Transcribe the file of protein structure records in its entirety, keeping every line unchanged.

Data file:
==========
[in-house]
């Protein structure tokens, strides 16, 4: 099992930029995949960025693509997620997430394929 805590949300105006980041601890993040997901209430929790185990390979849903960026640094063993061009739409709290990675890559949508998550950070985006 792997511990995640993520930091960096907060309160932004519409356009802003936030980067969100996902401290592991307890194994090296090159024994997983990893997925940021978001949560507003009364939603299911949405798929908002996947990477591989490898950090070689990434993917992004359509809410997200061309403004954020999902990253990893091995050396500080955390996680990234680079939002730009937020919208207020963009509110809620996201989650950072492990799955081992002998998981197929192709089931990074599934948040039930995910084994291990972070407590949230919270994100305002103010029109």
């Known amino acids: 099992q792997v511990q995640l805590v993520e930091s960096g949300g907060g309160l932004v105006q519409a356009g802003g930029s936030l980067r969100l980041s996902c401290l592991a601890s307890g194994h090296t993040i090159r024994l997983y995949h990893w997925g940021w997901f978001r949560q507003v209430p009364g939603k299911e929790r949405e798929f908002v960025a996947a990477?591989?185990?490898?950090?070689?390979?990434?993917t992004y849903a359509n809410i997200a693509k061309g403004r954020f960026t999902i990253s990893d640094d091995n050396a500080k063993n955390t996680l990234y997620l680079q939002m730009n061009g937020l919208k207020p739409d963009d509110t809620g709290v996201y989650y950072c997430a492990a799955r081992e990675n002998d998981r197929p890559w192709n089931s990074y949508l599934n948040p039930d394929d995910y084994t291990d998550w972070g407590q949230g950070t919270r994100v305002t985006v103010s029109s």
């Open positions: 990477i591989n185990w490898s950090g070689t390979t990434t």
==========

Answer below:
[in-house]
């Protein structure tokens, strides 16, 4: 099992930029995949960025693509997620997430394929 805590949300105006980041601890993040997901209430929790185990390979849903960026640094063993061009739409709290990675890559949508998550950070985006 792997511990995640993520930091960096907060309160932004519409356009802003936030980067969100996902401290592991307890194994090296090159024994997983990893997925940021978001949560507003009364939603299911949405798929908002996947990477591989490898950090070689990434993917992004359509809410997200061309403004954020999902990253990893091995050396500080955390996680990234680079939002730009937020919208207020963009509110809620996201989650950072492990799955081992002998998981197929192709089931990074599934948040039930995910084994291990972070407590949230919270994100305002103010029109």
């Known amino acids: 099992q792997v511990q995640l805590v993520e930091s960096g949300g907060g309160l932004v105006q519409a356009g802003g930029s936030l980067r969100l980041s996902c401290l592991a601890s307890g194994h090296t993040i090159r024994l997983y995949h990893w997925g940021w997901f978001r949560q507003v209430p009364g939603k299911e929790r949405e798929f908002v960025a996947a990477?591989?185990?490898?950090?070689?390979?990434?993917t992004y849903a359509n809410i997200a693509k061309g403004r954020f960026t999902i990253s990893d640094d091995n050396a500080k063993n955390t996680l990234y997620l680079q939002m730009n061009g937020l919208k207020p739409d963009d509110t809620g709290v996201y989650y950072c997430a492990a799955r081992e990675n002998d998981r197929p890559w192709n089931s990074y949508l599934n948040p039930d394929d995910y084994t291990d998550w972070g407590q949230g950070t919270r994100v305002t985006v103010s029109s």
């Open positions: 990477i591989n185990w490898s950090g070689t390979t990434t």